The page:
“Human rights obviously not a priority in @POTUS’s meeting with Duterte – again, sad,” Mr McCain wrote on Twitter, coopting one of Mr Trump’s favourite ways to express his frustration.
The tweet came after the White House indicated that the two world leaders had “briefly” discussed Mr Duterte’s drug crackdown that has left thousands of people dead in the country, and elicited accusations of human rights abuses, which Mr Duterte has denied.
Mr Duterte’s spokesman contradicted the White House, however, saying that the issue was not brought up. “There was no mention of human rights, no mention of extralegal killings,” Harry Roque said.
Mr Trump, following the meeting, said that he has a “great relationship” with Mr Duterte, and chose to focus on his own style of transactional diplomacy to discuss other issues than human rights, a stark contrast to past presidents and their approach to the issue.
Mr Duterte’s spokesman said that human rights had not come up during their meeting, even as Mr Duterte discussed the “drug menace” in the Philippines.
Mr Trump “appeared sympathetic and did not have any official position on the matter, and was merely nodding his head, indicating that he understood the domestic problem that we faced on drugs”, Mr Roque, the spokesman, said.
Mr Trump’s predecessor Barack Obama had taken a much tougher line over the drug policy of Mr Duterte and the two clashed verbally. Mr Duterte’s spokesman Mr Roque keen to play up the difference. He described the relationship between between the two presidents as “warm, friendly and candid”.
“It’s very apparent that both of them have a person who they consider as not a best friend,” he added. “They have similar feelings towards former US President Barack Obama.”
Since taking office Mr Duterte has overseen a massive and controversial “war on drugs” that have left thousands of suspected or alleged drug addicts and dealers dead in the streets. More than 3,900 people have been killed so far, although human rights group claim the number is much higher. Mr Duterte’s government says the police act in self-defence, but critics say executions are taking place with no accountability. Mr Trump was criticised in April for praising Mr Duterte in a phone call in saying he was doing a “great job” in countering the illegal drug trade.
In a joint statement, the White House listed human rights as the third topic discussed, of 14 in total. “The two sides underscored that human rights and the dignity of human life are essential, and agreed to continue mainstreaming the human rights agenda in their national programmes to promote the welfare of all sectors, including the most vulnerable groups,” the statement said.
Just last week, Mr Duterte boasted he had stabbed a person to death as a teenager, following similar admissions previously, including killing three men while mayor of the city of Davao.
Not everyone was happy with the meeting. As the two leaders met, hundreds of left-wing protesters clashed in central Manila with riot police, who used water cannons to disperse them. The demonstrators chanted slogans against the drugs crackdown and Mr Trump’s escalating rhetoric on North Korea. They burnt an effigy of the US President that showed the billionaire developer with four arms, all bent into the shape of a swastika.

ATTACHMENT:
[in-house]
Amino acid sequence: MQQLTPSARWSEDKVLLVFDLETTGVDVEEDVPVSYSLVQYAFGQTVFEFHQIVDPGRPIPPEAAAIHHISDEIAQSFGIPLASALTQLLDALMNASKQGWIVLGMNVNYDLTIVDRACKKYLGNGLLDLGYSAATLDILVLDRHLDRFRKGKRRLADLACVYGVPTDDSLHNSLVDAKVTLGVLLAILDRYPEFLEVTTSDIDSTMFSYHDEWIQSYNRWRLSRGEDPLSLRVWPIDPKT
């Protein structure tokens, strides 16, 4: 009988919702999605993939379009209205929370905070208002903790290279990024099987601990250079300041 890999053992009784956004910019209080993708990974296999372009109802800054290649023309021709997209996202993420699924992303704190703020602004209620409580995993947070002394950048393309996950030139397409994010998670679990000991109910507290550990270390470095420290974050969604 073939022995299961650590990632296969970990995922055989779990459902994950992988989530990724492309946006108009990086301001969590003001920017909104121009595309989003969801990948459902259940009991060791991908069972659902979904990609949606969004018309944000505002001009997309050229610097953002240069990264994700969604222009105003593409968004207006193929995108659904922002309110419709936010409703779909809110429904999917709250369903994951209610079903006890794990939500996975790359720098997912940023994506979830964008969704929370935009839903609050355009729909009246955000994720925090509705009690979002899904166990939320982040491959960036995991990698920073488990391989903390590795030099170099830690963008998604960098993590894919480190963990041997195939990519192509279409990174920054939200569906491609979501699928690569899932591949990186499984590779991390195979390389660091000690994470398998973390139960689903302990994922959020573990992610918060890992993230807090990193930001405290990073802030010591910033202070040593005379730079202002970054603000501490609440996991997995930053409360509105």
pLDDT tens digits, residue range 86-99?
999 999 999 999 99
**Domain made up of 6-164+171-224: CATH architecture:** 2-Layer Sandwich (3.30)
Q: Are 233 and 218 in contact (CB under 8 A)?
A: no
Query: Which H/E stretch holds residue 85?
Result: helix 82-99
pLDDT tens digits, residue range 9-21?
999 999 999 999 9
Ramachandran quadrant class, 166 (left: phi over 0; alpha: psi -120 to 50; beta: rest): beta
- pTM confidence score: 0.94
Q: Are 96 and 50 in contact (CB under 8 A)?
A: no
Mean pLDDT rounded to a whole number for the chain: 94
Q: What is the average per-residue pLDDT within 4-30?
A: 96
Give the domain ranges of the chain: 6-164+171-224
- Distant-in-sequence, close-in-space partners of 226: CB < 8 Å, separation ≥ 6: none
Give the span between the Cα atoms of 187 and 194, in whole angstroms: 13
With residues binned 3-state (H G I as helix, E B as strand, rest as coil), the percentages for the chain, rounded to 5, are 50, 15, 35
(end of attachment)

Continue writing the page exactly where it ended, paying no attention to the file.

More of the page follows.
They were not the only concern of critics. Mr Trump has business interests in the financial district of Manila, where he is connected to a 57-storey, $150m luxury tower. One of his partners is Jose EB Antonio, a developer on the project, and also Mr Duterte’s trade envoy to America.
As with much of the rest of his Asia trip – particularly in relation to China’s President Xi Jinping – Mr Trump relied on his personal relationships to try and push ahead with his agenda. The lack of a concerted push on human rights can likely be placed in the same bracket as “not blaming” China over the trade relationship with the US while Mr Trump was in Beijing, despite his anger about the “one-sided” relationship on the campaign trail for the presidency.
A sense of that personal bond was highlighted on Sunday, when Mr Duterte sang a hit Filipino love song “Ikaw” (“You”) at a gala dinner for summit leaders in Manila, saying it was on “the orders” of Mr Trump.
One of the song’s verses, translated from Filipino, begins: “You are the light in my world, a half of this heart of mine”.
“Ladies and gentlemen, I sang uninvited, upon the orders of the commander in chief of the United States,” Mr Duterte said later, according to the ABS-CBN news channel.
Mr Duterte has expressed enthusiasm for closer ties with both Russia and China in recent months, leaving Mr Trump little wiggle room if he wanted to keep Mr Duterte on his side with the issues of the threat from North Korea and terrorism high on the agenda. Ahead of his final day in the region, Mr Trump seemed pleased with his efforts.
He met with Indian Prime Minister Narendra Modi on Monday and highlighted their two nations’ “deeper and more comprehensive” ties, looking to strengthen a relationship that is vital to the US vision of an Indo-Pacific region that attempts to de-emphasise China’s influence. He also jointly met with Australian Prime Minister Malcolm Turnbull and Japanese Prime Minister Shinzo Abe, who hosted the President in Tokyo earlier in the trip. Mr Trump was keen to play up progress on both trade and the issue of North Korea.
Mr Trump said he would wait until his return to Washington and elaborate with a “major statement” on those two topics on Wednesday. But he hinted at progress while in Manila.
“We’ve made some very big steps with regard to trade – far bigger than anything you know,” Mr Trump said.
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